Our natural tendency is to buy a digital camera with the greatest resolution we can afford. The reasoning is, why get a 3 MP (megapixel) camera, when I can have a 5 MP camera? And to some extent, this makes sense.
However, before you buy that camera, consider your needs. How will you use the camera and the digital pictures it produces? If you will mostly share your pictures via e-mail or post them on your website, 5 MP is overkill? A 3 MP camera will provide all the resolution you need for e-mail and the Web, and even for the occasional 5” x 7” print.
Buying a camera with more resolution than you need has hidden costs. For example:
* All other things being equal, the higher the resolution, the higher the purchase price. You can afford a lot more features in a camera with lower resolution.
* Shooting higher resolution pictures requires larger memory cards to store the same number of pictures.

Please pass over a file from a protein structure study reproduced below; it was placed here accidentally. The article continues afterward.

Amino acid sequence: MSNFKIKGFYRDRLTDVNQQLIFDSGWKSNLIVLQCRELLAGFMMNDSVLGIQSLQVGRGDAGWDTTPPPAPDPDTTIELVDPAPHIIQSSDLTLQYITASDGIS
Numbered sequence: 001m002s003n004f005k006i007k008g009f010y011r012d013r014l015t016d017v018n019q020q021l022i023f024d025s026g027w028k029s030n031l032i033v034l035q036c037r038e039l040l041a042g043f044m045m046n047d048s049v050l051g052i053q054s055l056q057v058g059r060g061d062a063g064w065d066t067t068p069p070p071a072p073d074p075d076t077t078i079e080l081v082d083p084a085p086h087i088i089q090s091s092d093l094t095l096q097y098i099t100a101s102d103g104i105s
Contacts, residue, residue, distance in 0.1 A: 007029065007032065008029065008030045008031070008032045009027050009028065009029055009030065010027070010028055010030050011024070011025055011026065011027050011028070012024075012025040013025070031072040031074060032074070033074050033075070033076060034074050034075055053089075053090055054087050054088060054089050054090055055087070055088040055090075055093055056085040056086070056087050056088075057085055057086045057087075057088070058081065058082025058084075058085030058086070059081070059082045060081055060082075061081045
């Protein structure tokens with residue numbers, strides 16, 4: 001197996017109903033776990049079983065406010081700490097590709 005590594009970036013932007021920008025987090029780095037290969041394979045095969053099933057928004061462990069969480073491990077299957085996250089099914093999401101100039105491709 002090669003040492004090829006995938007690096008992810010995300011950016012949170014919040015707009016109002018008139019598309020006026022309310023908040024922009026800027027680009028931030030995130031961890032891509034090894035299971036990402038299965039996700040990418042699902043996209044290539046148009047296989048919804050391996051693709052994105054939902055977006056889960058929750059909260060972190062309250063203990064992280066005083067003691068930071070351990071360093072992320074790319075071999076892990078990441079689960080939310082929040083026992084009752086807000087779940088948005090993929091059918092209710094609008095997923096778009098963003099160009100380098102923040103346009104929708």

* The files from a 5 MP camera will require much more storage space than those from a 3 MP camera. That means they'll fill your hard drive twice as fast… or require twice as many CD's to store them.
If you're wondering just how much resolution you need (how many megapixels), here's an easy way to figure it out:
Find out the number of pixels there are on the camera's sensor array – both across and down. (This number will be in the manufacturer's specifications.) For example, Canon PowerShot S2 IS is a 5 MP camera. At its highest resolution, the CCD uses 2592 pixels x 1944 pixels.
Divide each number by 200. Using our Powershot S2 IS example, 2592 / 200 = 12.96 and 1944 / 200 = 9.72.
The resulting numbers tell you how large, in inches, a quality print you can get from the camera. So, the S2 IS should be able to provide you with good prints up to 10” x 13”.
|Sheri Ann Richerson|